Commotio Cordis (CC) is the medical term for a rare disruption of the heart's electrical system that occurs from a blunt impact to the chest and leads to sudden cardiac arrest. CC is largely the result of the timing of the blow during a narrow window within the repolarization phase of the cardiac cycle. It throws the heart into a lethal abnormal heart rhythm called ventricular fibrillation; a useless quivering of the heart muscle.
Sudden death due to VF may occur when a baseball or other projectile strikes the precordium of an individual with no underlying cardiac disease. Young athletes are especially at risk because of the pliability of their chest walls. Athletes wearing chest protectors have died while playing baseball, lacrosse, hockey and softball. The risk of CC cannot be completely eliminated through the use of protective equipment. The true number of deaths is unknown due to inaccurate reporting.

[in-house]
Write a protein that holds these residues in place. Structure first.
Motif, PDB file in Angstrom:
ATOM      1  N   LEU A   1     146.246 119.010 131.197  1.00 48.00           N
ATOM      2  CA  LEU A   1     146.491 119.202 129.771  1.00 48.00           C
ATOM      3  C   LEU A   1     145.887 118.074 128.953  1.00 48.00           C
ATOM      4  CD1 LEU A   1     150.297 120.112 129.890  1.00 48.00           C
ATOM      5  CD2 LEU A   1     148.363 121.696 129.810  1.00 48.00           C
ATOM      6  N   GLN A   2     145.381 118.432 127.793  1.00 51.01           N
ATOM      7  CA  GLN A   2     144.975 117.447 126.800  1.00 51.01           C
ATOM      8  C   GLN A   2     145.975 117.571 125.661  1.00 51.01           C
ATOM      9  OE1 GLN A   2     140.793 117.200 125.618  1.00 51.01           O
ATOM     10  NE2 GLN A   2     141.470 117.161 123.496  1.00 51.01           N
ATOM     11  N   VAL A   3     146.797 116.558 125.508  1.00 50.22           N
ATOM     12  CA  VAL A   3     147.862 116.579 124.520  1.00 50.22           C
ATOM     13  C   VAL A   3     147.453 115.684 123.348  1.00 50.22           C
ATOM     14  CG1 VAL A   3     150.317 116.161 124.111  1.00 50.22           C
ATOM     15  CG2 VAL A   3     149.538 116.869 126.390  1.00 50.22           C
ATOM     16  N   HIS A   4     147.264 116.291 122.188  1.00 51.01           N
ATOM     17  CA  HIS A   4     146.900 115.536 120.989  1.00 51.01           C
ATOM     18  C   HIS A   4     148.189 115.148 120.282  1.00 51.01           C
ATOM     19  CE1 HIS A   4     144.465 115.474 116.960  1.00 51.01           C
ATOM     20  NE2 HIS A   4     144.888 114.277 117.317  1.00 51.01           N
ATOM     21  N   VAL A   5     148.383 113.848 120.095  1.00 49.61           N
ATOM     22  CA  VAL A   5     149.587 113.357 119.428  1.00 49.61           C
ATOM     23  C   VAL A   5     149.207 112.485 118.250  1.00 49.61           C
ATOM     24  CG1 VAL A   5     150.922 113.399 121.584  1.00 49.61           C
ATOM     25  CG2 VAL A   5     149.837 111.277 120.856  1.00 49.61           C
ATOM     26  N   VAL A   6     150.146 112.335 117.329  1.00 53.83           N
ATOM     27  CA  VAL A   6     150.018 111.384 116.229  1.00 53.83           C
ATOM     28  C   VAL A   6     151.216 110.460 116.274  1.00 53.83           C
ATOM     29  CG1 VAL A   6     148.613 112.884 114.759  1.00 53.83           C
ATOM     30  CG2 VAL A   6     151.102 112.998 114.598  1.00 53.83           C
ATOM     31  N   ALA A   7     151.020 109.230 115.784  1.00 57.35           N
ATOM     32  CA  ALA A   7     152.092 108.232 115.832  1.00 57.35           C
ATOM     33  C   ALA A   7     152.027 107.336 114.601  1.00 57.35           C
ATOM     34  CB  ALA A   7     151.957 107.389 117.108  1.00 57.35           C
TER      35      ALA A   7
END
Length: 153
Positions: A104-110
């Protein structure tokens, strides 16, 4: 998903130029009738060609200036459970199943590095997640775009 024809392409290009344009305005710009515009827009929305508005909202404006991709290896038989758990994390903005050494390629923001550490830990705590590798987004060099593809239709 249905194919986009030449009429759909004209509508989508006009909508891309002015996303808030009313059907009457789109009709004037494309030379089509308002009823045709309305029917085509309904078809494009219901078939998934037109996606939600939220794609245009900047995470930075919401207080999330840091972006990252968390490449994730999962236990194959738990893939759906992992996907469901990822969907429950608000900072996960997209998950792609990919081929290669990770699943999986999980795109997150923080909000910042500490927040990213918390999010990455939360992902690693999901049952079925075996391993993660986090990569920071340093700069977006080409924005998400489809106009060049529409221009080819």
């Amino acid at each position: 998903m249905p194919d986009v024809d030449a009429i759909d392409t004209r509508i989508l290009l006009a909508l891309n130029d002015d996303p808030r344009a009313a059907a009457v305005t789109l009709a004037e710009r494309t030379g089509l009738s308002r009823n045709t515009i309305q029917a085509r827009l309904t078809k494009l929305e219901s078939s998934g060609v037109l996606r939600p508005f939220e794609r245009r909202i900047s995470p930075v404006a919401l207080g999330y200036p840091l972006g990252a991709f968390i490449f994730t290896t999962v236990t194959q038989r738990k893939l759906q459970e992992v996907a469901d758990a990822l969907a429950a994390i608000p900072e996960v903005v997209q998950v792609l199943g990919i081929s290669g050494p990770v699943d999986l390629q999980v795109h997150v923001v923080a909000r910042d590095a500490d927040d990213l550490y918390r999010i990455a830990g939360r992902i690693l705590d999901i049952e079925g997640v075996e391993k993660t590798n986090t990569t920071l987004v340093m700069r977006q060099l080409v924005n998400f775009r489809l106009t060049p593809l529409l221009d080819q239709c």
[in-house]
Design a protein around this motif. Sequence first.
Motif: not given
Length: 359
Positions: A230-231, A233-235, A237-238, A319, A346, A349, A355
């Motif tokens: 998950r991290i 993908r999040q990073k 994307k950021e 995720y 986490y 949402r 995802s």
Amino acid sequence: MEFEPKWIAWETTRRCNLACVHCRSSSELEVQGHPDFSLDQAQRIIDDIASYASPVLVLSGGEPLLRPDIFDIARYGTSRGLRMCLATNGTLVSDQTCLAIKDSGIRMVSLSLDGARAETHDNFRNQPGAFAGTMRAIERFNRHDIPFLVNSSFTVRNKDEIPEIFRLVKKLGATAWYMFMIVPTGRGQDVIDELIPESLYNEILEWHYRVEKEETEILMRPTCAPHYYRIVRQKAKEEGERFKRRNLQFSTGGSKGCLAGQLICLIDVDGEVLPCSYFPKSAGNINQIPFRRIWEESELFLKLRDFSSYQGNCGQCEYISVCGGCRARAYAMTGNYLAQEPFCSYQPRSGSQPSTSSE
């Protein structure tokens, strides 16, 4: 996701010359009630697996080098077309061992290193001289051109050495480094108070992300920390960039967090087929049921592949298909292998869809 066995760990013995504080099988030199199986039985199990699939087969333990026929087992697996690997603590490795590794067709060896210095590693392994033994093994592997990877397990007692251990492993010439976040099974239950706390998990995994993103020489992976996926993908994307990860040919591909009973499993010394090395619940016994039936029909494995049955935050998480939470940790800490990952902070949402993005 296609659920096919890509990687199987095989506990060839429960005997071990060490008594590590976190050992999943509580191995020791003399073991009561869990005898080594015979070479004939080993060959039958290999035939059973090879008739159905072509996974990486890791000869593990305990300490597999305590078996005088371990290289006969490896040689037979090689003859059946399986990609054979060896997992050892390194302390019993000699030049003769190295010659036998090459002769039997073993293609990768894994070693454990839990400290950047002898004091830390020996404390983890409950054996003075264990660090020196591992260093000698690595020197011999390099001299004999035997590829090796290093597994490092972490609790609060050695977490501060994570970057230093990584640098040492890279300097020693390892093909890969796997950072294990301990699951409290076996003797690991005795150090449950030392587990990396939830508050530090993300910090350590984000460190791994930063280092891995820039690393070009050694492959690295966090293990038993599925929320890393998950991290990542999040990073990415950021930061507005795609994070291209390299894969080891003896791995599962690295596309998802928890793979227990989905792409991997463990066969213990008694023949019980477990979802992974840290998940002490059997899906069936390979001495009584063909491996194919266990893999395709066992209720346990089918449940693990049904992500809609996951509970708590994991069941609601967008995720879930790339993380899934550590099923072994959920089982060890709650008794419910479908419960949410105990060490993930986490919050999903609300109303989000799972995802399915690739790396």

An Automated External Defibrillator (AED) can save the life of someone whose heart is in a VF rhythm. To save lives and prevent death from CC, coaches, bystanders and other sports personnel should be trained to recognize and respond promptly by performing Cardio Pulmonary Resuscitation (CPR) and using an AED.
Community based programs should have AEDs onsite and readily available. If the victim is defibrillated within one minute of cardiac arrest, the reported survival rate can be as high as 90%. If defibrillated within 5 minutes, the survival can be as high as 50%. AEDs are critically to saving the life of someone stricken with CC.